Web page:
Investors are increasingly aware of environmental, social, and governance (ESG) issues—but that doesn’t mean they’re changing their ways anytime soon.
A new survey by Hermes Investment Management found that 90% of respondents believed fund managers should price in corporate governance risks as a core part of their investment analysis.
Despite this show of ESG awareness, 47% still said pension funds should focus exclusively on maximizing retirement incomes—a goal the majority believed would not be met by focusing on ESG issues.
Just 46% believed ESG-focused investing would produce better long-term returns.
Additionally, while 79% considered significant ESG risks with financial implications as sufficient reasons to reject an otherwise attractive investment, 58% believed the number of opportunities rejected by pension schemes because of ESG will increase only slightly over the next five years.
“It is clear that ESG has become mainstream,” said Hermes Chief Executive Saker Nusseibeh. “However, the industry’s obsessive focus on measurement leads naturally to more short-term thinking and decisions that often miss the whole point of investment.”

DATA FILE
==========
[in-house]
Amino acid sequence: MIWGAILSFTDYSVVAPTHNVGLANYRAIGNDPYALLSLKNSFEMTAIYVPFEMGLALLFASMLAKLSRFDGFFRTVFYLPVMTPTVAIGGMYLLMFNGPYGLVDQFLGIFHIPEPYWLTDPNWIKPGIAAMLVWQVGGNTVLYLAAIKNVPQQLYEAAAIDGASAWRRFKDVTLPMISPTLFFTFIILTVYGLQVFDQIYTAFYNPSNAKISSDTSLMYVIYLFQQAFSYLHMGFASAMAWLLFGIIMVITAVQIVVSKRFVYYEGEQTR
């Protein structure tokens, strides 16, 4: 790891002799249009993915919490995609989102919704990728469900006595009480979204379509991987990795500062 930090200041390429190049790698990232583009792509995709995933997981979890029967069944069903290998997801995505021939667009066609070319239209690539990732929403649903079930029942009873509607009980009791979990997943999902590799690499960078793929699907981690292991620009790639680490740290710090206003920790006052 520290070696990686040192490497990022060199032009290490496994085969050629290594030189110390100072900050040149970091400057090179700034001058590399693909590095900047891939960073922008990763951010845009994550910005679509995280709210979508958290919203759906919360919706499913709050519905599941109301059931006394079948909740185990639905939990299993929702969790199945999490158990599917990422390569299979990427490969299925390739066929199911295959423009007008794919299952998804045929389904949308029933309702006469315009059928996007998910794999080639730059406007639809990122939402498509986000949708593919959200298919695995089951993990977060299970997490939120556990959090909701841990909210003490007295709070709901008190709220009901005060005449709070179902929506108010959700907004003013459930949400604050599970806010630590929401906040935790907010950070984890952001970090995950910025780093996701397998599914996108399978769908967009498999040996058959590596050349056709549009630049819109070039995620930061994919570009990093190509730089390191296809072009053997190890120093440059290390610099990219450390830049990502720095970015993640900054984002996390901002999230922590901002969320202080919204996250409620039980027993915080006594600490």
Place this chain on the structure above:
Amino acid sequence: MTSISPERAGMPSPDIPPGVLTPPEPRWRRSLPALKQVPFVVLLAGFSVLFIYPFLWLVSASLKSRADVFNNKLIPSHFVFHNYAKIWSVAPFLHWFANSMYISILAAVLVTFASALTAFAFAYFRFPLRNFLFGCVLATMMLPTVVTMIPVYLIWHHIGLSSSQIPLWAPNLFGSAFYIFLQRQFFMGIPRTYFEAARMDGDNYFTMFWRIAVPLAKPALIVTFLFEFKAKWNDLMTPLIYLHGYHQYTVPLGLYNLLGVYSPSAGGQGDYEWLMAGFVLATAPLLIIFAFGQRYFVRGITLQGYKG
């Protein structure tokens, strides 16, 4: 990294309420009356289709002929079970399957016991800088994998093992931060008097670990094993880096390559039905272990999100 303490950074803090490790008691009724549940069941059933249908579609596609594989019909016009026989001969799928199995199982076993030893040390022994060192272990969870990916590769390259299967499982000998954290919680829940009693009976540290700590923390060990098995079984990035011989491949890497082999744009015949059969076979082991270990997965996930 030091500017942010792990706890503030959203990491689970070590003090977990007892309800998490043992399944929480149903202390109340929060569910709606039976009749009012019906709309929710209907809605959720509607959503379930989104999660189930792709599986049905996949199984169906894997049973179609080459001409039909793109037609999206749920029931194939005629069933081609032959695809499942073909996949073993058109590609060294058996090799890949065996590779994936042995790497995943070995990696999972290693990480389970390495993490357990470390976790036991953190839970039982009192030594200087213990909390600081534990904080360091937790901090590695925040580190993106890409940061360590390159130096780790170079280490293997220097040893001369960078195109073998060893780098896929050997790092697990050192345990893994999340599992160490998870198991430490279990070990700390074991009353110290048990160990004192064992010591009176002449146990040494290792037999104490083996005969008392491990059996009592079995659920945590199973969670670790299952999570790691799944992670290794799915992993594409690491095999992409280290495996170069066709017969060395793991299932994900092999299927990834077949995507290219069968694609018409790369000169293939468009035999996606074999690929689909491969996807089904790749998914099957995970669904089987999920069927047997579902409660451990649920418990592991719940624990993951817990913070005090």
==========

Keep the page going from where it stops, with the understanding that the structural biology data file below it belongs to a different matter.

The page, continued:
The growing trend toward passive investing strategies may also mean that investors are less engaged in where money is actually going. According to the report, 61% of respondents believed large shareholders are likely to become unaware of the companies they invest in.
“By moving toward index-tracking strategies, investors are giving up their voting rights, and thus, their influence,” Nusseibeh said.
The CEO added that even though institutional investors are beginning to talk the ESG talk, there is a “long road to walk before we see real change.”
“Today’s siloed and short-term investment approach is the antithesis of responsible capitalism,” Nusseibeh said. “Change is necessary, if we are to ensure today’s savers and their children will be able to enjoy a fruitful world in the future.”